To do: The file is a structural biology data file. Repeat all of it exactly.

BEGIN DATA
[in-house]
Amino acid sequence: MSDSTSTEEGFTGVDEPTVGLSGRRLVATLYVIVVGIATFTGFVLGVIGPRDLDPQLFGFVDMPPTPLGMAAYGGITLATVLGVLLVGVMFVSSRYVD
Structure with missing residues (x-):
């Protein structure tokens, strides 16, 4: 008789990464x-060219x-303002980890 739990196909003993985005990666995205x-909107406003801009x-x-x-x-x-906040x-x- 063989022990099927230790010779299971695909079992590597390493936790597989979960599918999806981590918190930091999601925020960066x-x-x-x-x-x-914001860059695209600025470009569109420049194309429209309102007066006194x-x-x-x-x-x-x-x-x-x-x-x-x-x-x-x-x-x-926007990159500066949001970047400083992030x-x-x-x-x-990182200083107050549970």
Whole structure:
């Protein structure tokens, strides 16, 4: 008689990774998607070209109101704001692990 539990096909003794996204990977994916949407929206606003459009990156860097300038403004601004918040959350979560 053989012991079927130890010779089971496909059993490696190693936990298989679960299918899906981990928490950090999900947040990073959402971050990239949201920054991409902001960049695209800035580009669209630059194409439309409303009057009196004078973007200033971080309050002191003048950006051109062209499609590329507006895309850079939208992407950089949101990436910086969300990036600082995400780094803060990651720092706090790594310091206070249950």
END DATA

[in-house]
Amino acid sequence: MSDSTSTEEGFTGVDEPTVGLSGRRLVATLYVIVVGIATFTGFVLGVIGPRDLDPQLFGFVDMPPTPLGMAAYGGITLATVLGVLLVGVMFVSSRYVD
Structure with missing residues (x-):
């Protein structure tokens, strides 16, 4: 008789990464x-060219x-303002980890 739990196909003993985005990666995205x-909107406003801009x-x-x-x-x-906040x-x- 063989022990099927230790010779299971695909079992590597390493936790597989979960599918999806981590918190930091999601925020960066x-x-x-x-x-x-914001860059695209600025470009569109420049194309429209309102007066006194x-x-x-x-x-x-x-x-x-x-x-x-x-x-x-x-x-x-926007990159500066949001970047400083992030x-x-x-x-x-990182200083107050549970």
Whole structure:
């Protein structure tokens, strides 16, 4: 008689990774998607070209109101704001692990 539990096909003794996204990977994916949407929206606003459009990156860097300038403004601004918040959350979560 053989012991079927130890010779089971496909059993490696190693936990298989679960299918899906981990928490950090999900947040990073959402971050990239949201920054991409902001960049695209800035580009669209630059194409439309409303009057009196004078973007200033971080309050002191003048950006051109062209499609590329507006895309850079939208992407950089949101990436910086969300990036600082995400780094803060990651720092706090790594310091206070249950």